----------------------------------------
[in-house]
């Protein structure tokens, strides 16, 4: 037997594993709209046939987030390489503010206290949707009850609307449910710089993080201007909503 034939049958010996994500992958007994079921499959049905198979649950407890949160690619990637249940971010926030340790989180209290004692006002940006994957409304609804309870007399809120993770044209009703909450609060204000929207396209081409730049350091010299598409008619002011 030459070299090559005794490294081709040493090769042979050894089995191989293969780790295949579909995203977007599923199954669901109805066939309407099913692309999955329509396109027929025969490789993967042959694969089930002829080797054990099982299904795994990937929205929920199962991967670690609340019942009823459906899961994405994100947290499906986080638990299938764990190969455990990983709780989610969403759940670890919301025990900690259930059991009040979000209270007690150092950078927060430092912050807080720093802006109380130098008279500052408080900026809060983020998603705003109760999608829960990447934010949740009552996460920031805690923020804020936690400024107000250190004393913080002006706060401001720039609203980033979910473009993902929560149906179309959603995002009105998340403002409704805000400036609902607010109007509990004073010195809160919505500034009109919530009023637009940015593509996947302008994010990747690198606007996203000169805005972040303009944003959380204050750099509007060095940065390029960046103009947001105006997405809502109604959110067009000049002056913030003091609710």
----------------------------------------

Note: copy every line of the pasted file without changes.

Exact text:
[in-house]
């Protein structure tokens, strides 16, 4: 037997594993709209046939987030390489503010206290949707009850609307449910710089993080201007909503 034939049958010996994500992958007994079921499959049905198979649950407890949160690619990637249940971010926030340790989180209290004692006002940006994957409304609804309870007399809120993770044209009703909450609060204000929207396209081409730049350091010299598409008619002011 030459070299090559005794490294081709040493090769042979050894089995191989293969780790295949579909995203977007599923199954669901109805066939309407099913692309999955329509396109027929025969490789993967042959694969089930002829080797054990099982299904795994990937929205929920199962991967670690609340019942009823459906899961994405994100947290499906986080638990299938764990190969455990990983709780989610969403759940670890919301025990900690259930059991009040979000209270007690150092950078927060430092912050807080720093802006109380130098008279500052408080900026809060983020998603705003109760999608829960990447934010949740009552996460920031805690923020804020936690400024107000250190004393913080002006706060401001720039609203980033979910473009993902929560149906179309959603995002009105998340403002409704805000400036609902607010109007509990004073010195809160919505500034009109919530009023637009940015593509996947302008994010990747690198606007996203000169805005972040303009944003959380204050750099509007060095940065390029960046103009947001105006997405809502109604959110067009000049002056913030003091609710």